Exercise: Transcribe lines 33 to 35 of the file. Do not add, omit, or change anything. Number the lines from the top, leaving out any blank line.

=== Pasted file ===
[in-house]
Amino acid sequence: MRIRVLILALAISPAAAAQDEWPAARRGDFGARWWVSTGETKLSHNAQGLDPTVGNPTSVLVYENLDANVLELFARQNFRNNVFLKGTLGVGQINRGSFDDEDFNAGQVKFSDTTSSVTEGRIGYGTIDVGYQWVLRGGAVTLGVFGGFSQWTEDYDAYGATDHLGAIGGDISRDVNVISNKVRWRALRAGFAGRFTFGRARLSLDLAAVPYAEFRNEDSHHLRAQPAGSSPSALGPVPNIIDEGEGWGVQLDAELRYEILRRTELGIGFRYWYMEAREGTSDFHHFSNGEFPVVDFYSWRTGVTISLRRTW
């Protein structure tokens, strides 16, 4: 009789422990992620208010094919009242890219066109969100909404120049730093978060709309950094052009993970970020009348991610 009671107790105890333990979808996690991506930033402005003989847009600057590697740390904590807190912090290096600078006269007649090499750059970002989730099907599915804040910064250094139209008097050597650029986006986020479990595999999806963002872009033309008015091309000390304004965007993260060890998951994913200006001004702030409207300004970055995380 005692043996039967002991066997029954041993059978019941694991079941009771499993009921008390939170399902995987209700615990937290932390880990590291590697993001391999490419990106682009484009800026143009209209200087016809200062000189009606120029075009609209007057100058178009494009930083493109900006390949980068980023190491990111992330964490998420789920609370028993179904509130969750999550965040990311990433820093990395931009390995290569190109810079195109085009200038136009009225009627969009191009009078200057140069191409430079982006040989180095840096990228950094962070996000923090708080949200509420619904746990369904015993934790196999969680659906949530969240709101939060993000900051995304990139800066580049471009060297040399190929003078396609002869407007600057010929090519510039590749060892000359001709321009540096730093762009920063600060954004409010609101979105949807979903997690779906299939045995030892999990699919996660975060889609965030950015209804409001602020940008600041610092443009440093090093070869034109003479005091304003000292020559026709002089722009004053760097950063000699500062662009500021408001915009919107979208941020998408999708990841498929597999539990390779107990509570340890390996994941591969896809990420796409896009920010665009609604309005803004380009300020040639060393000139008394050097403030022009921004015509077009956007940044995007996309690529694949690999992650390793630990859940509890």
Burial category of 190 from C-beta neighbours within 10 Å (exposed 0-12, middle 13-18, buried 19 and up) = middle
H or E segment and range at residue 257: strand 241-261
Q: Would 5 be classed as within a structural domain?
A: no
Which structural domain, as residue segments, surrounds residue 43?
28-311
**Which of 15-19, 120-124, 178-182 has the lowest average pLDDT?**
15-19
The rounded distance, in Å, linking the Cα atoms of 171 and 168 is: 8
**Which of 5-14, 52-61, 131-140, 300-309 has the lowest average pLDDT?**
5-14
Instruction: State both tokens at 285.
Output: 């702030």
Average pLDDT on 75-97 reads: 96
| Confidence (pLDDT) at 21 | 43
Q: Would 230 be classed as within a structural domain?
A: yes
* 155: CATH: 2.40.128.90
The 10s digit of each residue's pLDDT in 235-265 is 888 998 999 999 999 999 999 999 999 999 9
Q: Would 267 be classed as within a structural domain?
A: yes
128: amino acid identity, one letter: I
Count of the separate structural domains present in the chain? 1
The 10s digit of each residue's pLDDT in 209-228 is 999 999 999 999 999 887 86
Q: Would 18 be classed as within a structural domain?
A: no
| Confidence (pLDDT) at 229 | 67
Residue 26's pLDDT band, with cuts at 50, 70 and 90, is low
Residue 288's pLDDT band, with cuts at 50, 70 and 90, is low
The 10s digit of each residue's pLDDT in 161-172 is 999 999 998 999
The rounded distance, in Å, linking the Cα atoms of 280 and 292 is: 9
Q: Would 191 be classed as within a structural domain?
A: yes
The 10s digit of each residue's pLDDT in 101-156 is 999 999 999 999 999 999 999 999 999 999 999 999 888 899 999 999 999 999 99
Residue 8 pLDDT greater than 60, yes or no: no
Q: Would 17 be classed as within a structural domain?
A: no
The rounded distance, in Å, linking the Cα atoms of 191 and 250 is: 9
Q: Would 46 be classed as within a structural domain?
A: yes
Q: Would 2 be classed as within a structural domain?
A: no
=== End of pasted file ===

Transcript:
The 10s digit of each residue's pLDDT in 161-172 is 999 999 998 999
The rounded distance, in Å, linking the Cα atoms of 280 and 292 is: 9
Q: Would 191 be classed as within a structural domain?